- 1970s (Creation)
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Folder containing 10 black and white photographs of contemporary sculpture, taken by George Oliver and of various sizes. Some have been annotated.
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An art school training, with drawing as the favourite means, plus a life-long enthusiasm for people and places, combined to make George Oliver a wide-ranging observer, not least because the pen, in time, gave way to the camera as a recording medium. Born in Birmingham but brought up in Glasgow, George was educated at Bellahouston Academy, then enrolled at Glasgow School of Art in 1938, was called up for war service in the RAF where he ended in New Delhi, mainly engaged in visual aids. Back to GSA for a Diploma in Commercial Art, he then worked for 18 months in London before becoming art editor of 'Scotland's SMT Magazine' (once Edinburgh's answer to 'The Scottish Field') and then, for much of his life as a freelance. But in between, during the later 1950s he was employed as Press and Publicity Officer for the Council of Industrial Design in Glasgow. George also suggested, organised and wrote catalogues for, the very first of the SAC touring photographic exhibitions, the subjects being James Craig Annan and Robert M. Adam. The posthumous exhibition of his own work, 'The Seeing Eye', held in the Mitchell Library in 1998-99 gave some idea of the range of his output. His idol was Cartier Bresson.
During the 1960s George became known to a much wider audience for a series of distinctive coffee table books generically titled 'Early Motor Cars'. Covering the veteran and vintage years, English sports cars and early racing cars, these were books of full-page profile scale drawings of specific vehicles, many of which were destined to be cut out and framed. Indeed, when he was commissioned to prepare the illustrations for a history of Citroen (published by Robert Delpire) the pages in questions were deliberately fixed in a way that made their removal an easy matter. His work as a serious historian of the motor car found an outlet in several commissions. 'A History of Coachbuilding' was published in 1962 and the much more lavish 'Cars and Coachbuilding' some ten years later. There were also serious books on Rolls Royce and Rover cars, and the long-researched history of the Scottish motor industry, 'Motor Trials and Tribulations' which was published posthumously by HMSO. In 1989 his book, 'Photographs and Local History' had been published by Batsford.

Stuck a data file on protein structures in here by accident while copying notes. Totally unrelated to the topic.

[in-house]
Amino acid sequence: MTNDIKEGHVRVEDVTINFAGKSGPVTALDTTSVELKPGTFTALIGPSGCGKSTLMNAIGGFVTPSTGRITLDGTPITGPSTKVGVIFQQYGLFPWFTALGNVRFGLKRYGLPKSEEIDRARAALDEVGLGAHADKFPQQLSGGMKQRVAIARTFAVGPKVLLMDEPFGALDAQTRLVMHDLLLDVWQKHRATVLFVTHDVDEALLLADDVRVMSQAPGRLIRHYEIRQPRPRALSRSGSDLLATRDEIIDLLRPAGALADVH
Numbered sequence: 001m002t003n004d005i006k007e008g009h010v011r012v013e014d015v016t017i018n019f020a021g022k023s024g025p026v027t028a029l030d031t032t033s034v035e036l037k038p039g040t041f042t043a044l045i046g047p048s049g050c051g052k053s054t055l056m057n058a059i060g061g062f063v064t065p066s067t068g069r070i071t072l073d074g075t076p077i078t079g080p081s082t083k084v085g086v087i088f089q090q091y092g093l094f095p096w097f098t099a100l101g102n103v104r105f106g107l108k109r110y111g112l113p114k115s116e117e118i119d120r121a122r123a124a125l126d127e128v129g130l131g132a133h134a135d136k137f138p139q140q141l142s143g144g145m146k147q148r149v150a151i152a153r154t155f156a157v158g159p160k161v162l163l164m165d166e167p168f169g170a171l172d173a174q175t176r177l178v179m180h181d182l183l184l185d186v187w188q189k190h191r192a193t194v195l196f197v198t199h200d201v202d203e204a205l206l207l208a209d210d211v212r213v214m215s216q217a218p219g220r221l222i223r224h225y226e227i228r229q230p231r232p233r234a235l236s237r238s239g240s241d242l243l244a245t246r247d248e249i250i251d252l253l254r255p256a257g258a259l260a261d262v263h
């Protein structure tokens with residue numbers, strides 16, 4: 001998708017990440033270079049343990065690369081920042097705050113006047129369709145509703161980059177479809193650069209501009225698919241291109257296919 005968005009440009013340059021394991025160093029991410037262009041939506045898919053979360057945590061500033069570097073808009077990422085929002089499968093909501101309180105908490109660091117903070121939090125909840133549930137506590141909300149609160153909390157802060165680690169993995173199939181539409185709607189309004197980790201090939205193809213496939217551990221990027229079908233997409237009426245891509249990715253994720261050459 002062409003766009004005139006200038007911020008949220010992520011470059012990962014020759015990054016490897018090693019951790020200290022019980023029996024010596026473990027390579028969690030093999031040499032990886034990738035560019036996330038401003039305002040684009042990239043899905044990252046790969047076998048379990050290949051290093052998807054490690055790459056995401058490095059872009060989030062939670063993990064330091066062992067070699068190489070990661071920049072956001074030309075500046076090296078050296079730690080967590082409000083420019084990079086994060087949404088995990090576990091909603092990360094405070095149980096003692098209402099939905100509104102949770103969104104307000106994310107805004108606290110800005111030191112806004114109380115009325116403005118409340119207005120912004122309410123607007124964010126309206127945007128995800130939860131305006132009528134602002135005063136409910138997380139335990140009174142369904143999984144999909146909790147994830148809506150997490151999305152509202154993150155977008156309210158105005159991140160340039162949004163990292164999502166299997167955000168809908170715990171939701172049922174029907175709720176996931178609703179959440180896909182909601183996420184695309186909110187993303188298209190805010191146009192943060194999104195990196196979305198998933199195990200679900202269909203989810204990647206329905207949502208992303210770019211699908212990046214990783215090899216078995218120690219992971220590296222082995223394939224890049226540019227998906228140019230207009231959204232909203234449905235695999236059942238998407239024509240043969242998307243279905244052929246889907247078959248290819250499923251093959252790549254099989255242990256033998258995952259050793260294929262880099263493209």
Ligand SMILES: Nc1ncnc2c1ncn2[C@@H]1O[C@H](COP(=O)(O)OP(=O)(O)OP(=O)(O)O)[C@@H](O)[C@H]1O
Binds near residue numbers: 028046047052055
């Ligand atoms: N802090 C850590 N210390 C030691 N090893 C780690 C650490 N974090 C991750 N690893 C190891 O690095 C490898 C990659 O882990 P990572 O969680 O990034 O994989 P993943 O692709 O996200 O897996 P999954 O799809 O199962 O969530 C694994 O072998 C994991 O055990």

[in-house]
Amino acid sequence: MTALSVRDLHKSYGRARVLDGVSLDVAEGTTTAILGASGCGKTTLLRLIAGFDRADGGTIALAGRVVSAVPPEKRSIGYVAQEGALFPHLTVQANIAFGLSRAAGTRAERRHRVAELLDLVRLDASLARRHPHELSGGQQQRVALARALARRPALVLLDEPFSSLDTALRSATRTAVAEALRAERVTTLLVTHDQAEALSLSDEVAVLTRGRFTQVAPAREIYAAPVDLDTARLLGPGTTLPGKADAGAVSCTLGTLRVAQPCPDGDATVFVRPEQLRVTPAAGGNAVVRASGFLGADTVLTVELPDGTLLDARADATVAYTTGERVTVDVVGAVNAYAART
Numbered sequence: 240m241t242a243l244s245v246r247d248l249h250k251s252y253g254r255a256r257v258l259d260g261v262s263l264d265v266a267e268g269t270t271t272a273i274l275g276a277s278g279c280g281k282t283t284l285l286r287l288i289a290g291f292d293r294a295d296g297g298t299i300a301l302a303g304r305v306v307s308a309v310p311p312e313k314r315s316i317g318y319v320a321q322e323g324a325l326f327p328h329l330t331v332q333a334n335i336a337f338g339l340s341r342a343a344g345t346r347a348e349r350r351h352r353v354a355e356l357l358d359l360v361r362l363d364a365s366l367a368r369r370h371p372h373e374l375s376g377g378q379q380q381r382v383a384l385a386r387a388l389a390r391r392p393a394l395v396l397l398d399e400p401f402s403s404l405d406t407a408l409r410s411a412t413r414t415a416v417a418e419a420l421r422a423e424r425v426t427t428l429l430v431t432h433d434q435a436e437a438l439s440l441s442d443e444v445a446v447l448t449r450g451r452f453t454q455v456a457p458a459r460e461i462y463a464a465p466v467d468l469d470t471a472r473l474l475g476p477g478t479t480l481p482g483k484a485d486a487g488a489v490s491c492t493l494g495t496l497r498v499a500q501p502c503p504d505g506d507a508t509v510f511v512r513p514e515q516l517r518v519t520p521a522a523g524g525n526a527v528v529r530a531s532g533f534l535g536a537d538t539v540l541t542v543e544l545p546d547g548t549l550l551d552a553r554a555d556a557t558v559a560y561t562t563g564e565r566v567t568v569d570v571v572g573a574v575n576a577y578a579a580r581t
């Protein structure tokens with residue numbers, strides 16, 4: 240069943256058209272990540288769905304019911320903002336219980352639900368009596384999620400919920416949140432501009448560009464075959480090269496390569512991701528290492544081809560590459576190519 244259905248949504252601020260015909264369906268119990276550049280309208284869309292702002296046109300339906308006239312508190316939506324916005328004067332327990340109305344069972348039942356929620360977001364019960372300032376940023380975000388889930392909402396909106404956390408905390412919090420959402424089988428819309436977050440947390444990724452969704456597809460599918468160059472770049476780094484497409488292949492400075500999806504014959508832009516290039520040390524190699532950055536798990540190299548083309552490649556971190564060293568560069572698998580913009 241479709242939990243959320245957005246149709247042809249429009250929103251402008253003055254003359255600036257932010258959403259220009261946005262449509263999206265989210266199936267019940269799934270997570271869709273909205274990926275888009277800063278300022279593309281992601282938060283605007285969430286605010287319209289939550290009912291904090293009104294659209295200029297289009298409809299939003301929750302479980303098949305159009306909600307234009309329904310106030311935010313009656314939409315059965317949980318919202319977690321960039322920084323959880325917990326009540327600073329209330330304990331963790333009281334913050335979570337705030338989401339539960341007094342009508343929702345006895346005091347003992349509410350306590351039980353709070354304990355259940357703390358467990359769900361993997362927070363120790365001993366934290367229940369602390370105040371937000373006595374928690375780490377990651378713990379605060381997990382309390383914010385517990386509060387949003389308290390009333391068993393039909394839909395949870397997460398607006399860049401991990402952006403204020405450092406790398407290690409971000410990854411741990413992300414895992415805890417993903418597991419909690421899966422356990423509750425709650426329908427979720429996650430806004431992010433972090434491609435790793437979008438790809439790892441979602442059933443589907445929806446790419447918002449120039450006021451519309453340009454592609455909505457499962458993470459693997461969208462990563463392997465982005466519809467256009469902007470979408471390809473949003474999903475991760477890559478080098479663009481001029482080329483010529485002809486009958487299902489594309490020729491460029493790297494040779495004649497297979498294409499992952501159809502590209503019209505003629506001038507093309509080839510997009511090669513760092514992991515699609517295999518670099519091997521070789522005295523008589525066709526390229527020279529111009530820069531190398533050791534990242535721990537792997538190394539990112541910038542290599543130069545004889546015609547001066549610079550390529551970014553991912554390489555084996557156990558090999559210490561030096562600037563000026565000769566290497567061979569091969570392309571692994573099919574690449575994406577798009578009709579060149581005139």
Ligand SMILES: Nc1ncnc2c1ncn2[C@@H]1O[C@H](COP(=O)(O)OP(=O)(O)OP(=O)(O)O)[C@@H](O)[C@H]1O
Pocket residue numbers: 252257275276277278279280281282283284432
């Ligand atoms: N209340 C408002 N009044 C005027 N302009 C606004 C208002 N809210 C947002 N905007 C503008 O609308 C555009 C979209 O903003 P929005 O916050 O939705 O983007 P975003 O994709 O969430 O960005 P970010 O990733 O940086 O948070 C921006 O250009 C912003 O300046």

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Language and script notes
Black and white photographs. Various sizes. Some annotated.
Dimensions: 200 x 257 mm (largest)